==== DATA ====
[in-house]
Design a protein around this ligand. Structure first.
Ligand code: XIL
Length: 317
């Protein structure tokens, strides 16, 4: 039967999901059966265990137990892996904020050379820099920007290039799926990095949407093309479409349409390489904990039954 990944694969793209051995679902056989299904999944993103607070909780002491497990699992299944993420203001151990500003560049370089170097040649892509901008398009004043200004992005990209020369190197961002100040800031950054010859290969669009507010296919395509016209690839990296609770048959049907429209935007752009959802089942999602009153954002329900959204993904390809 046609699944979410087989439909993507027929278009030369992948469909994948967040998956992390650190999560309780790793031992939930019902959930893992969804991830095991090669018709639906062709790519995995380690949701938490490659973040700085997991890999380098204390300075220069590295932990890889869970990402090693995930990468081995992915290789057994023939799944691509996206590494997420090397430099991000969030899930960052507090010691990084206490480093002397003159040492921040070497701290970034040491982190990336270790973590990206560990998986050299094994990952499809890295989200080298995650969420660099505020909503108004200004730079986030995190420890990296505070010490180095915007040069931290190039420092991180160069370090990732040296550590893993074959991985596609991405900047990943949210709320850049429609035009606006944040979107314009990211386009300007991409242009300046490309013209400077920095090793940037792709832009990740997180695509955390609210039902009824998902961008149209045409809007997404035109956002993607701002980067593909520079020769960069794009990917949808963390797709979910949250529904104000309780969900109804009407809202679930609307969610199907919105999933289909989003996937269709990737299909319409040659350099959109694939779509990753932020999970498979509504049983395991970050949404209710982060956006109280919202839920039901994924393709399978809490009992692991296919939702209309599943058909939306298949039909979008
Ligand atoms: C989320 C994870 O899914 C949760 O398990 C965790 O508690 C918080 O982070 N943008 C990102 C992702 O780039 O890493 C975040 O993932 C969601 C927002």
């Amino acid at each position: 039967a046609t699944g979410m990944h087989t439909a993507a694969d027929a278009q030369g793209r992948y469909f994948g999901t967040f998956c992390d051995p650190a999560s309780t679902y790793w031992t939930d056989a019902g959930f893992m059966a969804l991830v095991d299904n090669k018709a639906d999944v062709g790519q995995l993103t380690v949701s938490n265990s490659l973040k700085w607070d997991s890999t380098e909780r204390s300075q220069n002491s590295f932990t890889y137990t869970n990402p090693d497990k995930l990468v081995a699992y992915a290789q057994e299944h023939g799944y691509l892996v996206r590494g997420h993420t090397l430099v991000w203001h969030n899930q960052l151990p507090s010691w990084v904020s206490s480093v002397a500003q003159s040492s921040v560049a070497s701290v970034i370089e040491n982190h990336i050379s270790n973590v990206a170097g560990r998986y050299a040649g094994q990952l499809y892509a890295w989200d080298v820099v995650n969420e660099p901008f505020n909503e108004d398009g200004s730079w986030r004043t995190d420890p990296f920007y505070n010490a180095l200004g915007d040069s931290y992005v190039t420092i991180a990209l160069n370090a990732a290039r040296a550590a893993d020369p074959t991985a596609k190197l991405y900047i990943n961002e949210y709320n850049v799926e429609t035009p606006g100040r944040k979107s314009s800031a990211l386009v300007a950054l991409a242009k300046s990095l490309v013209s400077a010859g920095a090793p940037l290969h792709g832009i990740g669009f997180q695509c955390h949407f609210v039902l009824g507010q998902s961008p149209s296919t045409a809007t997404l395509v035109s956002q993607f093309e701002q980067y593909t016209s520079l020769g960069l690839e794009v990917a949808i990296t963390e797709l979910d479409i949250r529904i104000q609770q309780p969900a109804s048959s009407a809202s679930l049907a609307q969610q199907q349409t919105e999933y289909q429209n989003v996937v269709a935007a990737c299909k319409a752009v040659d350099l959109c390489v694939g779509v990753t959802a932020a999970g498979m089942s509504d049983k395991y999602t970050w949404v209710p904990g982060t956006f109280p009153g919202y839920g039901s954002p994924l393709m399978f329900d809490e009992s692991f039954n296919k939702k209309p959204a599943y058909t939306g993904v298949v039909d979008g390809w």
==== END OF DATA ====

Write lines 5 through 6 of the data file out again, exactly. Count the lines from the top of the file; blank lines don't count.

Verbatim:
């Protein structure tokens, strides 16, 4: 039967999901059966265990137990892996904020050379820099920007290039799926990095949407093309479409349409390489904990039954 990944694969793209051995679902056989299904999944993103607070909780002491497990699992299944993420203001151990500003560049370089170097040649892509901008398009004043200004992005990209020369190197961002100040800031950054010859290969669009507010296919395509016209690839990296609770048959049907429209935007752009959802089942999602009153954002329900959204993904390809 046609699944979410087989439909993507027929278009030369992948469909994948967040998956992390650190999560309780790793031992939930019902959930893992969804991830095991090669018709639906062709790519995995380690949701938490490659973040700085997991890999380098204390300075220069590295932990890889869970990402090693995930990468081995992915290789057994023939799944691509996206590494997420090397430099991000969030899930960052507090010691990084206490480093002397003159040492921040070497701290970034040491982190990336270790973590990206560990998986050299094994990952499809890295989200080298995650969420660099505020909503108004200004730079986030995190420890990296505070010490180095915007040069931290190039420092991180160069370090990732040296550590893993074959991985596609991405900047990943949210709320850049429609035009606006944040979107314009990211386009300007991409242009300046490309013209400077920095090793940037792709832009990740997180695509955390609210039902009824998902961008149209045409809007997404035109956002993607701002980067593909520079020769960069794009990917949808963390797709979910949250529904104000309780969900109804009407809202679930609307969610199907919105999933289909989003996937269709990737299909319409040659350099959109694939779509990753932020999970498979509504049983395991970050949404209710982060956006109280919202839920039901994924393709399978809490009992692991296919939702209309599943058909939306298949039909979008
Ligand atoms: C989320 C994870 O899914 C949760 O398990 C965790 O508690 C918080 O982070 N943008 C990102 C992702 O780039 O890493 C975040 O993932 C969601 C927002």